Unless you're the proud owner of a Basenji (the non-barking dog breed) there is every chance that once in a while your dog lets rip with a bark or barking session and you have no idea what they're trying to communicate to you, why do dogs bark?
Have they heard something you didn't? Do they need to go out? Or are there aliens landing which we need to know about? Well wonder no more, we explain the common reasons behind 10 different dog barks...
Translated dog barks: what is your dog saying when they bark?
1. Continuous rapid barking, midrange pitch: "Call the pack! There is a potential problem! Someone is coming into our territory!"
Continuous barking but a bit slower and pitched lower: "The intruder [or danger] is very close. Get ready to defend yourself!"
2. Barking in rapid strings of three or four with pauses in between, midrange pitch: "I suspect that there may be a problem or an intruder near our territory. I think that the leader of the pack should look into it."
3. Prolonged or incessant barking, with moderate to long intervals between each utterance: "Is there anybody there? I'm lonely and need companionship." This is most often the response to confinement or being left alone for long periods of time.
4. One or two sharp short barks, midrange pitch: "Hello there!" This is the most typical greeting sound.
5. Single sharp short bark, lower midrange pitch: "Stop that!" This bark is often given by a mother dog when disciplining her puppies but may also indicate annoyance in any dog, such as when disturbed from sleep or if their hair is pulled during grooming and so forth.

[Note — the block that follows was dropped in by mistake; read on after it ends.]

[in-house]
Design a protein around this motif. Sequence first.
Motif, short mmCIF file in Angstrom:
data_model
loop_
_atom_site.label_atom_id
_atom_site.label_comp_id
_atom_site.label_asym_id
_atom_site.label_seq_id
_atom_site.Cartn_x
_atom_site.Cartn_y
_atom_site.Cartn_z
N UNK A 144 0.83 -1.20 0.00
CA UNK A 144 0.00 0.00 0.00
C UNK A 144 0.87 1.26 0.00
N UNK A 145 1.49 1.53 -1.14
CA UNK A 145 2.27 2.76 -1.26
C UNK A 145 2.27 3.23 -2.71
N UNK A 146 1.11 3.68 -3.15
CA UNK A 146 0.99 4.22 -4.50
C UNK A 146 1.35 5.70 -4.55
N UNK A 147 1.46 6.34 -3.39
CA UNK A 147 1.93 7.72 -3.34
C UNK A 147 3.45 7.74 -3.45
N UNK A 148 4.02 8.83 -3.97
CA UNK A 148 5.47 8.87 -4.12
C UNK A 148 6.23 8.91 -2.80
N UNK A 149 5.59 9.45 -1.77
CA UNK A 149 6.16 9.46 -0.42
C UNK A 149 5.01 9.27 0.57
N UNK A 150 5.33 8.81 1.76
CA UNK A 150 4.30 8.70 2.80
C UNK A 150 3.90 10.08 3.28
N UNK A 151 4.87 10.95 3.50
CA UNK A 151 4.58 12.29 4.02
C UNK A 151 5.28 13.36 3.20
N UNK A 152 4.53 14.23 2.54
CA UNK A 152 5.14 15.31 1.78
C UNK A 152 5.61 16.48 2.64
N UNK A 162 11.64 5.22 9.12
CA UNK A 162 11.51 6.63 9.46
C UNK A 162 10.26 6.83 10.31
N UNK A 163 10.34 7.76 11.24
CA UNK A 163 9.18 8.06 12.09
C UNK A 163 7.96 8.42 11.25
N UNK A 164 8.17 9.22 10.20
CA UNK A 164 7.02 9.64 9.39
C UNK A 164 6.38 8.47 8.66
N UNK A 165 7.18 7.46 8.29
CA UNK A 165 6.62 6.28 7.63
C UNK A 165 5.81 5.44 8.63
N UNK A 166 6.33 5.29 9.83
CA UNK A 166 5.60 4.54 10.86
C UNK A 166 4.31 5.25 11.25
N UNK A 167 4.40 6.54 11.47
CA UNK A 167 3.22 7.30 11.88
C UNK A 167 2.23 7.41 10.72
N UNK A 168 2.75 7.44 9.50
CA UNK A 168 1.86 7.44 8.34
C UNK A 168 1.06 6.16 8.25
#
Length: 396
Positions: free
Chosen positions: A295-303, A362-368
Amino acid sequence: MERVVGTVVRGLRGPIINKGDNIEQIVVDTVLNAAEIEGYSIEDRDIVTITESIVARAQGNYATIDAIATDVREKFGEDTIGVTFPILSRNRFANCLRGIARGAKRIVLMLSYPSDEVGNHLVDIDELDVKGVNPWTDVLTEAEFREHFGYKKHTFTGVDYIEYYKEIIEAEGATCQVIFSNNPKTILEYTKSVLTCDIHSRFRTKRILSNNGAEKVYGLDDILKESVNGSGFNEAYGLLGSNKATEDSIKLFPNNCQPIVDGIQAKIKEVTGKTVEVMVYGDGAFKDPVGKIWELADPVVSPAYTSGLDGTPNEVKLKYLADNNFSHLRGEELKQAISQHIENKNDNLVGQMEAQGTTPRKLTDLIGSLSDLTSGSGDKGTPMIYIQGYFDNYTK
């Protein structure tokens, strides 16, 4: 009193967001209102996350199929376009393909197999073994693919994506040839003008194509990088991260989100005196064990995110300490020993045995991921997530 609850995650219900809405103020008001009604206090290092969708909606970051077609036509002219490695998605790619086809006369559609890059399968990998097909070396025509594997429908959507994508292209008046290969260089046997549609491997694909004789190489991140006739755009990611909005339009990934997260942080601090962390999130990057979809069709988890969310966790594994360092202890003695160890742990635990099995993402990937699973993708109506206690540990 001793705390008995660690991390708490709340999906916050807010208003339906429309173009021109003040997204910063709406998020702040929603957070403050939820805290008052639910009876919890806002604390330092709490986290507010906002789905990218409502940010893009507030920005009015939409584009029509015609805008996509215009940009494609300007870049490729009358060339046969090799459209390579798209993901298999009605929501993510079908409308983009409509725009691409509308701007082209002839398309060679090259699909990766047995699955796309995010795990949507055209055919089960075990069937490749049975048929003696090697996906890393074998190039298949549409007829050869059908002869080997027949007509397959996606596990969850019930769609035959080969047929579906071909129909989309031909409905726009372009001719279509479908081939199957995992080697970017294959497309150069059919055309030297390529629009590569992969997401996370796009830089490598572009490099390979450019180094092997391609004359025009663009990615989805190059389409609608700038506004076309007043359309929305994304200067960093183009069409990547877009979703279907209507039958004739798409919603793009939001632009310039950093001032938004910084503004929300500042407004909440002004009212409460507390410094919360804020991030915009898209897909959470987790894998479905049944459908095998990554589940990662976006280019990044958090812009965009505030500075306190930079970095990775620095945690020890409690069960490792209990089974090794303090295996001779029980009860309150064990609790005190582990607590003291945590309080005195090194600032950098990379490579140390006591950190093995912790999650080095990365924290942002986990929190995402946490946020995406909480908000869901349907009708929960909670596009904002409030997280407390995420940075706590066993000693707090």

6. Single sharp short bark, higher midrange: "What's this?" or "Huh?". This is a startled or surprised sound. If it is repeated two or three times its meaning changes to "Come look at this!" alerting the pack to a novel event.
This same type of bark, but not quite as short and sharp, is used to mean "Come here!"
Many dogs will use this kind of bark at the door to indicate that they want to go out. Lowering the pitch to a relaxed midrange means "Terrific!" or some other similar expletive, such as "Oh, great!"
My Cairn Terrier, for example, who loves to jump, will give this single bark of joy when sent over the high jump. Other dogs give this same bark when given their food dish.
7. Single yelp or very short high-pitched bark: "Ouch!" This is in response to sudden, unexpected pain.
8. Series of yelps: "I'm hurting!" "I'm really scared" This is in response to severe fear and pain.
9. Stutter-bark, midrange pitch: If a dog's bark were spelt "ruff," the stutter-bark would be spelt "ar-ruff." It means "Let's play!" and is used to initiate playing behaviour.
10. Rising bark: This is a bit hard to describe, although once you've heard it, it is unmistakable.
It is usually a series of barks, each of which starts in the middle range but rises sharply in pitch - almost a bark-yelp, though not quite that high.
It is a play bark, used during rough-and-tumble games, that shows excitement and translates as "This is fun!"
Summarising how to understand why dogs bark:
1. They are happy.
2. They are sad.
3. They are excited.
4. They're nervous.
5. They're feeling threatened.
6. I'm hurting or in pain.